Nippon Kaiji Kyokai (ClassNK), along with consortium partners NYK Line, IHI Power Systems, Nihon Shipyard and Japan Engine Corporation J-Eng), have announced that a four-stroke ammonia-fuelled engine has successfully completed a land-based test for the stable combustion of fuel ammonia having an 80% co-firing ratio as part of a demonstration project for the commercialisation of vessels equipped with a domestically produced ammonia-fuelled engine.
This is believed to be the world’s first such test. The initiative concerns the development of vessels equipped with a domestically produced ammonia-fuelled engine. It was initiated in October 2021 by NYK, J-Eng, IHI Power Systems, and Nihon Shipyard as part of the Green Innovation Fund Project of Japan’s New Energy and Industrial Technology Development Organization (NEDO).
In April 2023, IHI Power Systems commenced operational tests at its Ota plant on a 280mm bore four-stroke ammonia-fuelled marine engine to be used as the main engine in coastal vessels and tugs.
Ammonia does not emit CO2 during combustion and is therefore expected to be a next-generation fuel that contributes to combating global warming, but it is a difficult substance to handle due to its toxicity. This time, while thoroughly ensuring safety, a test increased the mixing ratio of fuel ammonia within the engine to 80%, and tests were conducted on the exhaust gas aftertreatment devices and fuel supply systems, and the stable integrated operation of these systems was successfully achieved for the first time.
The tests confirmed that emissions of dinitrogen monoxide (N2O), which has a greenhouse effect about 300 times greater than CO2, and unburnt ammonia were virtually zero, and there was no ammonia leakage from all demonstration equipment during operation and after shutdown.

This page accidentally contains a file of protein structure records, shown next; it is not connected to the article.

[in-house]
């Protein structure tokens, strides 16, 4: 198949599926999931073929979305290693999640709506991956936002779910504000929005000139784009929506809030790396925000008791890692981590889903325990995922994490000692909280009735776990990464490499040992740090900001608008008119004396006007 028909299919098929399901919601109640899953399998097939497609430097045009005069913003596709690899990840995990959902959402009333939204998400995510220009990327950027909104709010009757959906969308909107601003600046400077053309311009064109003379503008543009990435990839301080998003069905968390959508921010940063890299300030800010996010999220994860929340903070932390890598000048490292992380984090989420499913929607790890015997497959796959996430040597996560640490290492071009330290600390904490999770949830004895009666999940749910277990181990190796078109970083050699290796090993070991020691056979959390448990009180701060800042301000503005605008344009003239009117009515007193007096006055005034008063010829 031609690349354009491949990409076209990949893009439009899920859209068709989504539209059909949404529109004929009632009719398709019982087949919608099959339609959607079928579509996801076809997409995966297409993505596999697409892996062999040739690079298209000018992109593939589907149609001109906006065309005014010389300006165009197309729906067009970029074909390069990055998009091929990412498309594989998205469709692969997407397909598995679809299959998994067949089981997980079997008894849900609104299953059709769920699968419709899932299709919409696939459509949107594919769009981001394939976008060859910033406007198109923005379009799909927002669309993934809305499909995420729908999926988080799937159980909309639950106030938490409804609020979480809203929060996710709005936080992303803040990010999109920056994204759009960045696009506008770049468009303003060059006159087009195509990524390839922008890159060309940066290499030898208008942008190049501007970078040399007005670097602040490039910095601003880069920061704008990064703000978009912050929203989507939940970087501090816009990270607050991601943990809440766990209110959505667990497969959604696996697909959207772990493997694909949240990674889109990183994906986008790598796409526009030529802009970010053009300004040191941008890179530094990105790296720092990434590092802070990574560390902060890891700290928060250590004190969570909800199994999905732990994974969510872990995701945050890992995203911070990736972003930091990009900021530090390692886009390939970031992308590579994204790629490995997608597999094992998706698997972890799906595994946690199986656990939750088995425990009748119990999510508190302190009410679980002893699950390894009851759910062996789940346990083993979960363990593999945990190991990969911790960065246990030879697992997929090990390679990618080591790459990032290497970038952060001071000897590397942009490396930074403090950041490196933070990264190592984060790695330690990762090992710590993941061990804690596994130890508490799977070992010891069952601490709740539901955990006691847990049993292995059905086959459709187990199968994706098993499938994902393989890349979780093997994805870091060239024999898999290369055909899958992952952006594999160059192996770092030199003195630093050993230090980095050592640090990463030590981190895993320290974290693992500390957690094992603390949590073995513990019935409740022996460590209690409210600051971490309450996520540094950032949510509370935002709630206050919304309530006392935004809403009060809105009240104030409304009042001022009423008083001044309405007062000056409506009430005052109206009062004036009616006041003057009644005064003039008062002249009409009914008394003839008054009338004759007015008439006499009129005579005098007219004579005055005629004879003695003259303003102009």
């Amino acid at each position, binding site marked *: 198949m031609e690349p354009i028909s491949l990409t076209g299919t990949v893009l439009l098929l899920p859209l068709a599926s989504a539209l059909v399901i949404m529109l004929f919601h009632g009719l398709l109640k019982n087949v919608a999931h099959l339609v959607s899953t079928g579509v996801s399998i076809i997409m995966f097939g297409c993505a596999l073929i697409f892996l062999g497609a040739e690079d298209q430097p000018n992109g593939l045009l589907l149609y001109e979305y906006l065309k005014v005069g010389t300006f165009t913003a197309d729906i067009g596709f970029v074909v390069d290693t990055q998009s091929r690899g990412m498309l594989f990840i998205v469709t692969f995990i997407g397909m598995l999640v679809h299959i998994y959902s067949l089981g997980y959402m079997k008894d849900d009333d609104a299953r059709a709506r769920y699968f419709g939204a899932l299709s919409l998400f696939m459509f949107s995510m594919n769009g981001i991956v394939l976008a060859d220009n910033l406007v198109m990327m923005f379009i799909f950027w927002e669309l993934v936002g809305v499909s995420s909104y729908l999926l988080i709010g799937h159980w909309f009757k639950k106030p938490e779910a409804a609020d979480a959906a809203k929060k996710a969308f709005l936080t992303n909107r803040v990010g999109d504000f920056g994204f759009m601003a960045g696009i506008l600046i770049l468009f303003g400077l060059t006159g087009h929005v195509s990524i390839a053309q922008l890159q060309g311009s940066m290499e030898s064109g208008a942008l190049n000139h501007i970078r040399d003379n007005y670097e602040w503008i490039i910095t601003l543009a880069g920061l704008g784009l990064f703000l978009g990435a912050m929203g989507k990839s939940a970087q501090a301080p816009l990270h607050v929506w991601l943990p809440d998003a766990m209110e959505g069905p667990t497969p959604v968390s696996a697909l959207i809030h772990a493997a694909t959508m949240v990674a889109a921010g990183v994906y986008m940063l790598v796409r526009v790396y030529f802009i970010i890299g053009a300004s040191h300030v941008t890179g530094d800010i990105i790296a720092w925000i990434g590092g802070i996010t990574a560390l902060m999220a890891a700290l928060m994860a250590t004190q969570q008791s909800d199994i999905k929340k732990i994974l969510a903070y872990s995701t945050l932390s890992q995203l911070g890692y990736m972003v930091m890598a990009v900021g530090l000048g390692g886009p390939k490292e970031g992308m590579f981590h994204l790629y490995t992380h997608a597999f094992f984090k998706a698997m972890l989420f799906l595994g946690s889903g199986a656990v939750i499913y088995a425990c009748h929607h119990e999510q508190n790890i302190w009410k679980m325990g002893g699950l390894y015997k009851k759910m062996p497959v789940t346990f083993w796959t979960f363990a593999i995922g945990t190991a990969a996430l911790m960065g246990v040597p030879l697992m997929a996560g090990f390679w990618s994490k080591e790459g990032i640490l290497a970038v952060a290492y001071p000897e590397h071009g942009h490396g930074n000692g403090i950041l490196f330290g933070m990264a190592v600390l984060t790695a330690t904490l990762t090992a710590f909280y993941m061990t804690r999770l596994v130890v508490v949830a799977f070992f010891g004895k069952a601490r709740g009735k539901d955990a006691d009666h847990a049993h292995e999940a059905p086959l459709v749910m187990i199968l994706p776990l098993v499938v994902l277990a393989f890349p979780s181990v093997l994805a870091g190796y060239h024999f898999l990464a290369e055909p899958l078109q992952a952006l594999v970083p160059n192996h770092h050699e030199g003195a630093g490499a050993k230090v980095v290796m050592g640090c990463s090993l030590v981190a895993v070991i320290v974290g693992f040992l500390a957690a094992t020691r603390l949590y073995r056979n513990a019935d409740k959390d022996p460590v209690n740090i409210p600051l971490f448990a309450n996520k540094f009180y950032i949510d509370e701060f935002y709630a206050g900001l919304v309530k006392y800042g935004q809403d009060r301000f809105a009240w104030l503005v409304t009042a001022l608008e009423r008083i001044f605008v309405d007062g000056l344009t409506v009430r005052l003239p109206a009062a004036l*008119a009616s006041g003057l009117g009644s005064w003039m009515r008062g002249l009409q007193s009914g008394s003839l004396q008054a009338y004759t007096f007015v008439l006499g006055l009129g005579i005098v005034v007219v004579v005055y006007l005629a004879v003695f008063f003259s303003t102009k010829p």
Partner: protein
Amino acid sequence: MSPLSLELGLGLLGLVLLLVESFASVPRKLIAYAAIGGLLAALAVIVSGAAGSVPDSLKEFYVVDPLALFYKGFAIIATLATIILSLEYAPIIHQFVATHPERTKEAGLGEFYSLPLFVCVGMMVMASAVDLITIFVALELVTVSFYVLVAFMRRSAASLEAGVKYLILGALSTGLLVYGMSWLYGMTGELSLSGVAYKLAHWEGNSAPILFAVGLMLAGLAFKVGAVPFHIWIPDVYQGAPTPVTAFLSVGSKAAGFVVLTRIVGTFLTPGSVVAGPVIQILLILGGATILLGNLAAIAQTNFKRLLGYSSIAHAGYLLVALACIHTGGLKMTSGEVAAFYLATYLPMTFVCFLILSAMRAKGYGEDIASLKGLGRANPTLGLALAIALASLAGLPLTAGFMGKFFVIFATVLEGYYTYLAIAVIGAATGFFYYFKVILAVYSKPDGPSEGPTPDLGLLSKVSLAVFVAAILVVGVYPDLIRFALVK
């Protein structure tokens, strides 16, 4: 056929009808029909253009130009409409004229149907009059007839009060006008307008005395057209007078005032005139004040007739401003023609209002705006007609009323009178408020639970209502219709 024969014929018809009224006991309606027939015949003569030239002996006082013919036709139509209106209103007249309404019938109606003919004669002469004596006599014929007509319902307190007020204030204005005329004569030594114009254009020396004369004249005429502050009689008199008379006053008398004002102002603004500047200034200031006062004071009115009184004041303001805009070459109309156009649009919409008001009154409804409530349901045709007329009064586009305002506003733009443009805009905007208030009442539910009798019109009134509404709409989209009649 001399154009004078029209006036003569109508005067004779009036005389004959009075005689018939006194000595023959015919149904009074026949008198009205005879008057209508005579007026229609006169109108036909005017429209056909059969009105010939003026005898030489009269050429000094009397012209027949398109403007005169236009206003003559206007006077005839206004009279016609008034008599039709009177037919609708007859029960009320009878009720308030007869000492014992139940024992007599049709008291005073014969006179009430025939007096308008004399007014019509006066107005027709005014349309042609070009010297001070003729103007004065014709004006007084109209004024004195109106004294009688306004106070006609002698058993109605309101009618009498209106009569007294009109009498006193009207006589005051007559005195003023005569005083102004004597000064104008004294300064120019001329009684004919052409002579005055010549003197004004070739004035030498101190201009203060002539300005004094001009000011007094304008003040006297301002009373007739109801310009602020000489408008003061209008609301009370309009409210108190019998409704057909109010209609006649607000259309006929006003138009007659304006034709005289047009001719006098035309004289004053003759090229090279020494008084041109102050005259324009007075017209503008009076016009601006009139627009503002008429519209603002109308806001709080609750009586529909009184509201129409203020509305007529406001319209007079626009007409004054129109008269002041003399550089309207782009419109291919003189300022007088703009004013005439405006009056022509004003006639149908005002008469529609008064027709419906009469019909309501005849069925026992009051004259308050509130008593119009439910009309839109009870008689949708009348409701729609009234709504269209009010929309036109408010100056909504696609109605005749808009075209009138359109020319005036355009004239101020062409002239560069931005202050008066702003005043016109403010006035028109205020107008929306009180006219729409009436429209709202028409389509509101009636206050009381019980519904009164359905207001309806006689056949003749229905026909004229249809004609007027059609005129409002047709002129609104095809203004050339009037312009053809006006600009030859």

Prior to the test, a demonstration equipment inspection and technical review meeting were held oat IHI Power Systems’ Ota plant by NYK, IHI Power Systems, Nihon Shipyard, and ClassNK. Keihin Dock Co, which is responsible for the conversion of a tug (known as the A-Tug) to ammonia fuel, and Shin-Nippon Kaiyosha, which is responsible for the operation and management of the vessel, participated in an inspection of the demonstration equipment to confirm the technologies involved in its construction and operation.
The engine will be installed in the A-Tug, which will be completed in June 2024, after further land-based testing of the engine to maximise GHG reductions through further improvement of the co-firing rate. Furthermore, based on this research and development for domestic vessels, efforts will be made to develop a 250mm bore engine for the auxiliary engine of an oceangoing vessel. That auxiliary engine will be installed on an ammonia-fuelled ammonia gas carrier scheduled for delivery in October 2026, under joint development by NYK, Nihon Shipyard, J-Eng, IHI Power Systems, and ClassNK.
Following the success of this demonstration test, the consortium will continue to work together to strengthen the international competitiveness of the Japan maritime cluster, with the aim of building the world’s first ammonia-fuelled ships and achieving safe navigation, including by contributing to the development of international rules.